Analysis & Opinions - Politico

Voters know more about the world than you think

| October 20, 2012

It has long been accepted wisdom that Americans “don’t know much about history, don’t know much geography”— to recall the words of a golden oldie. So most folks managing, covering, or watching current campaigns will be surprised to learn that the majority of likely voters in the critical swing states of Florida and Ohio not only know more about the world outside, but care more, and want to know more than most candidates imagine.

On the eve of Monday’s presidential foreign policy debate, Harvard Kennedy School’s Belfer Center for Science and International Affairs engaged leading Democratic and Republican pollsters to explore the views of the most important voters in the two most important battleground states. The results offer one “aha” after another — and pose unexpected challenges to President Barack Obama and Mitt Romney as they prep for the decisive showdown on global issues.

Experts who look down on the general public will point to the poll’s finding that voters in these two states are more familiar with Britain’s soccer star David Beckham and Chinese-American basketball player Yao Ming than with Prime Minister David Cameron and Xi Jinping, Chinese heir-apparent president, Xi Jinping. They will explain away the fact that half of Ohioans know that Russia is geographically closer to America than Fiji or El Salvador by pointing to Sarah Palin and Tina Fey. But they will be surprised about what Americans actually know and what they want to know, especially when it comes to matters of defense and international security.

How many Florida voters do not know that Pakistan or North Korea have nuclear weapons? Only 10 percent. They follow international affairs nearly as closely as they do domestic politics. And nearly twice as many voters want the media to report more on world affairs than less. One third of Florida voters pay attention “a great deal” to international news.

Campaigns have spent lots of airtime on taxes, abortion and education. But voters say that terrorism and national security are more important for their vote, nearly tied with health care reform and the federal deficit (Of course, “jobs and the economy” rank first). Sixty percent of Floridians say that America’s relations with other nations is a “very important” issue as they consider who to vote for. America’s actual wars are (thankfully) more important than the culture wars.

When asked what international issues they want to hear Romney and Obama speak to, the first responses are Iran’s nuclear weapons program and terrorism, far ahead of the global economy. Both in Ohio and Florida, by a margin of almost 2-1,voters believe the Arab Spring has affected American interests negatively, not positively. Voters have mixed views on U.S. global engagement and are split almost down the middle on isolationism. Given that Florida Republicans and independents overwhelmingly take the view the U.S. should pay less attention to problems overseas, two decidedly internationalist candidates will tread carefully.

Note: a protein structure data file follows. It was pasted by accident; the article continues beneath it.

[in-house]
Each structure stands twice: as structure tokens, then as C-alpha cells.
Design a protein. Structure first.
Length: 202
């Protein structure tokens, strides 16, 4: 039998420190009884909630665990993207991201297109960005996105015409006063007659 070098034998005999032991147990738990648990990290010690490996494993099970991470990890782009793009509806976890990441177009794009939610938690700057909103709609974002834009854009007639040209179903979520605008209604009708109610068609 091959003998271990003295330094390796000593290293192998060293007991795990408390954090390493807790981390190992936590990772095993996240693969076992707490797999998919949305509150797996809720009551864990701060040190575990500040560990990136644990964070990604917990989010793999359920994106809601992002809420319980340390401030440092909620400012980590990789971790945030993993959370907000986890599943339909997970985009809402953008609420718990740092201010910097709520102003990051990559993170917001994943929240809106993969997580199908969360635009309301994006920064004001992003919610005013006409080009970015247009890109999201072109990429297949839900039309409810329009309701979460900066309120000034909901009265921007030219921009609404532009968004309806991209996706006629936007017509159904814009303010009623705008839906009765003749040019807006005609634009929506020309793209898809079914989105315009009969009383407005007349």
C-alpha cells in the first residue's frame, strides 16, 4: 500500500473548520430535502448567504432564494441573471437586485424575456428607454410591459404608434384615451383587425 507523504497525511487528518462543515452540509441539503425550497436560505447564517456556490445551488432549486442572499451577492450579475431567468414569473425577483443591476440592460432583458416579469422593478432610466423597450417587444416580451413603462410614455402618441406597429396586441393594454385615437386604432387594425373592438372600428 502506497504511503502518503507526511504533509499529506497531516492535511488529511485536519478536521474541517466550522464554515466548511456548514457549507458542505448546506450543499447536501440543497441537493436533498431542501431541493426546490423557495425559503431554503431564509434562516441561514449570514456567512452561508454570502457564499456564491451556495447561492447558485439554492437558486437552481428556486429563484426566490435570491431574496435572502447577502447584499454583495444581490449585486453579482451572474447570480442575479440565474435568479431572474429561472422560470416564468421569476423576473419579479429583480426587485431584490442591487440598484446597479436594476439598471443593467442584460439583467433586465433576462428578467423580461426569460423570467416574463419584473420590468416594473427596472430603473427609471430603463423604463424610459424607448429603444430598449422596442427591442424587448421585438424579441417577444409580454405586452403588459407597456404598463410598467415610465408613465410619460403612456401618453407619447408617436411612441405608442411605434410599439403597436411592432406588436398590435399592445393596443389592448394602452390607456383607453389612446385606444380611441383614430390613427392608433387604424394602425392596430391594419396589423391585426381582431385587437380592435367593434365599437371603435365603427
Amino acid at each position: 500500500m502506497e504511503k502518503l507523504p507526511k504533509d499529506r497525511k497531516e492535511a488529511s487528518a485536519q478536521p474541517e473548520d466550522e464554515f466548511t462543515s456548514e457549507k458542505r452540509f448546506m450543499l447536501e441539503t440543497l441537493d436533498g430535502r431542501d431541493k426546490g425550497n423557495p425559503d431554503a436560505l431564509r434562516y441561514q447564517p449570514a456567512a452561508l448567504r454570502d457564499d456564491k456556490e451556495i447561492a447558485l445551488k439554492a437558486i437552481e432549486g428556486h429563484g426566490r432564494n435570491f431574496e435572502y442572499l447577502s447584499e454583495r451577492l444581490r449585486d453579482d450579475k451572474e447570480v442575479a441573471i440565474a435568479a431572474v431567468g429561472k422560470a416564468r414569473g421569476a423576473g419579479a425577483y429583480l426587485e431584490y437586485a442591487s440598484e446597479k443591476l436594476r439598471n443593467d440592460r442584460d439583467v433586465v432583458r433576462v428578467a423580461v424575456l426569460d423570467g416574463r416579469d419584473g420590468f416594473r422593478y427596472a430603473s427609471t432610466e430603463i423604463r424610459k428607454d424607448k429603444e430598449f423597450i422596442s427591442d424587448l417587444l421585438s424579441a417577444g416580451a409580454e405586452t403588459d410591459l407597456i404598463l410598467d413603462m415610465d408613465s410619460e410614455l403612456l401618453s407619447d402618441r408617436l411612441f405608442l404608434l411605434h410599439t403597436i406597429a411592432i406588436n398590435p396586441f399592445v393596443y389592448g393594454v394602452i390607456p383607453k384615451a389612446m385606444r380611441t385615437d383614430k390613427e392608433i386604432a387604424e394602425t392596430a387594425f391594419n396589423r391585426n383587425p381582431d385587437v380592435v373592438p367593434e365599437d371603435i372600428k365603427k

But even those who oppose America taking a more active role in foreign affairs believe that understanding foreign affairs is essential because events abroad can increase the threat of terrorism or draw America into foreign wars. This is an especially relevant concern for these two states, where the majority have a relative who has served in the military.

Perhaps as a result, they want their children to know more about the world. They voice strong support for international exchange programs, and the teaching of foreign languages and cultures. Indeed, they say they favor more federal and state funding to make it happen.

Ohioans and Floridians give media coverage of world affairs a C. They say they want more reporting on the world. The challenge for reporters, news organizations, citizen groups, and indeed universities is to find ways to respond to this preference in ways sufficiently interesting to engage them.

It is not only reporters and teachers who need to do a better job making clear that what happens in Pakistan or Russia affect Americans’ well-being in Cleveland and Tampa. The candidates in Monday’s debate need to bring alive those links, too.

The good news is that many Americans are concerned about global threats and opportunities. Now it is up to their leaders to help them see even more vividly the way the world touches their own lives.

Graham Allison is director of the Harvard Kennedy School’s Belfer Center for Science and International Affairs. Mike Murphy is a Republican political consultant and senior fellow at the Belfer Center.

For more information on this publication: Belfer Communications Office
For Academic Citation: Allison, Graham and Michael Murphy.“Voters know more about the world than you think.” Politico, October 20, 2012.